Be So Unlike You | Handel Group

Be So Unlike You

Going to Burning Man was so “unlike me.” I like order, cleanliness and accomplishment. It’s not about any of that.


It’s a week-long gathering of somewhere around 50,000 people, in the middle of a Nevada desert, that come together to socially experiment with self-expression. Everything you bring in you must bring out, there is nothing there before we come and nothing there when we leave.


Massive art installations are erected and taken (sometimes burned) down. Tens of thousands of offerings educational, intellectual, experiential, athletic, spiritual, artistic, gustatory and practical are made and received. There is no commerce except for the sale of coffee and ice. The weather in a day ranges from 40 to 100 degrees and everyone is always “dressed up.” T-shirt and shorts would be weird. You dress how you always wanted to: sexy cowgirl, martian, Roman emperor, various stages of nude. Because the offerings span over many miles of desert and driving would be both strange and unhealthy (because of all the dust it would kick up) everyone rides on bikes (decorated of course). It’s expensive to get there. You have to fly to Reno, rent something to drive 2.5 hours from there in, rent bikes, bring in food, water, tent or RV and of course there is the price of admission which is around $300. Nobody is let in at the door. So, though this is the wildest party you have ever seen, everyone is there VERY MUCH on purpose and most people for a pretty high purpose (and I don’t just mean drugs, ha ha).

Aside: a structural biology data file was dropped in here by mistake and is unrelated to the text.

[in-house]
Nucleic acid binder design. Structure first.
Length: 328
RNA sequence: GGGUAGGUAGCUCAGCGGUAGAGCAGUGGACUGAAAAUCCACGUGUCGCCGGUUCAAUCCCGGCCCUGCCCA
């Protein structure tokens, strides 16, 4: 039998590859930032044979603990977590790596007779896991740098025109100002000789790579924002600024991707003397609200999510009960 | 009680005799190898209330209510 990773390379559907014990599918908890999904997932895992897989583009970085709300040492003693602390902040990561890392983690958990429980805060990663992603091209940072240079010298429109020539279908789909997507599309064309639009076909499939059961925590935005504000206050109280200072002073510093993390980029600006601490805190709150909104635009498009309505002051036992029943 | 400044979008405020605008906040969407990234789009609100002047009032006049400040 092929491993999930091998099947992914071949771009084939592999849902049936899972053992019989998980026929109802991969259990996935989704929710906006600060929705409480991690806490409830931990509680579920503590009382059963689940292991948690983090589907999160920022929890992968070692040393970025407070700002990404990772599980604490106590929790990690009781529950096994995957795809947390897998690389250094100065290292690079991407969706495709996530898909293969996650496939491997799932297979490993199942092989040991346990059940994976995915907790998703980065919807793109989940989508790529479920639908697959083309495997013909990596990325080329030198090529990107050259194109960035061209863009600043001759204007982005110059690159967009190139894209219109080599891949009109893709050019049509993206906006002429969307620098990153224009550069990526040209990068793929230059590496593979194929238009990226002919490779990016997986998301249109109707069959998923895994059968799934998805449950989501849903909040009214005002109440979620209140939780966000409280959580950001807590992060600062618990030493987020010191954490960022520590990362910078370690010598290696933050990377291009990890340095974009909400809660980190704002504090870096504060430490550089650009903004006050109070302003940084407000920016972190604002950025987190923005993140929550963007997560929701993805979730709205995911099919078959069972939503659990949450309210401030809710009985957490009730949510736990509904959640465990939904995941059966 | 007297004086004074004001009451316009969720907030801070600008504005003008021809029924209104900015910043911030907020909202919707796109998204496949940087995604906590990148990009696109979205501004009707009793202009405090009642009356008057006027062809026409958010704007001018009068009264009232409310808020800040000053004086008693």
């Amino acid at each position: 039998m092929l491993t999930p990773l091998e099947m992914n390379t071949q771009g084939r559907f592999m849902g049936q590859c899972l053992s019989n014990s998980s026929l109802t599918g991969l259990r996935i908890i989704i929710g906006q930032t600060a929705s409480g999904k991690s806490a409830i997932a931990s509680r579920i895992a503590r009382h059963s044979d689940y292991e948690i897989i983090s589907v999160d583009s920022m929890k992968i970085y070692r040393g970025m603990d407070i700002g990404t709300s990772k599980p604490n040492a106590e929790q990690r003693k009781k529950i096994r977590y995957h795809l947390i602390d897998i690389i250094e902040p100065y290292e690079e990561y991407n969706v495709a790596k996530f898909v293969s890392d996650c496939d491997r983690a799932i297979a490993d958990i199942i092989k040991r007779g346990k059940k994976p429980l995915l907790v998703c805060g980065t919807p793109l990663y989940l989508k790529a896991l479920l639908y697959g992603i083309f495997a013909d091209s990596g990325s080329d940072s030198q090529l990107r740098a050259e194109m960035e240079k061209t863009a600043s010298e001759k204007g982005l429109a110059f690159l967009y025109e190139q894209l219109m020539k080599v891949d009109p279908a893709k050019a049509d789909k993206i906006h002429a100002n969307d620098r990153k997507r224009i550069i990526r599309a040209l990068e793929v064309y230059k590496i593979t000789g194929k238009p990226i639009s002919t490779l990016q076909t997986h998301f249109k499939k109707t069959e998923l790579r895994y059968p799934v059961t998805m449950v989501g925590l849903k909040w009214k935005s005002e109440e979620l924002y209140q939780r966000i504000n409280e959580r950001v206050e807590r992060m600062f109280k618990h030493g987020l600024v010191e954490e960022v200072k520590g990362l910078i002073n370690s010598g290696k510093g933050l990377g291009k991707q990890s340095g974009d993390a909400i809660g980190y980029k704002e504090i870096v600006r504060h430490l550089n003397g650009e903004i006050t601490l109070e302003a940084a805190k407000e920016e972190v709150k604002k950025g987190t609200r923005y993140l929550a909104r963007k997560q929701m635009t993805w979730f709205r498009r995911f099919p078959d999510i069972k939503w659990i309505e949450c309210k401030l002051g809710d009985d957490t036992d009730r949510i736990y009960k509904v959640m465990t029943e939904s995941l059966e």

I cannot possibly describe what it’s like to be there, for one because it’s so totally sensory; every sense is activated pretty much the entire time. Forget a sleeping or eating schedule. You may even forget your friends and family, that is how absorptive the experience is. It’s also indescribable because it’s so massive and if I told you what it was like from my perspective it would be like me describing your knee to someone and thinking I could then tell them to find you in a line-up. No two people could possibly experience Burning Man in the same way, even for a moment, so there is no point in trying to describe it. Nobody could have possibly described it to me, but I found the vignettes they did share intriguing and fascinating and I will share a couple of my own with you, just to illustrate the lesson I want to teach: be unlike you. For the past few weeks I have been on the theme of debunking your “dumb-ass theories” and one of mine was that I am “not that into fun.” Well, that went out the window with this adventure. I let myself just be and completely follow the flow of something so much bigger than me (that’s what fun is right?) and it was terrific. I feel like a better person because of it and much more open.
You might be great at fun so you have to extrapolate to find your lesson here. When you think about the areas of life, which ones are you ignoring? Your body, career, love life, romance, home, time, family, learning, spirituality, fun/adventure? Pick the area that’s the deadest and resolve to debunk some old stale theories in that area. Instead of using your head to do it, use your body. DO SOMETHING DIFFERENT. Pretend you are the opposite “kind of guy/gal” and do what he or she would do. That’s what I did. I promise you will come back with amazing stories and full of awe about human capacity.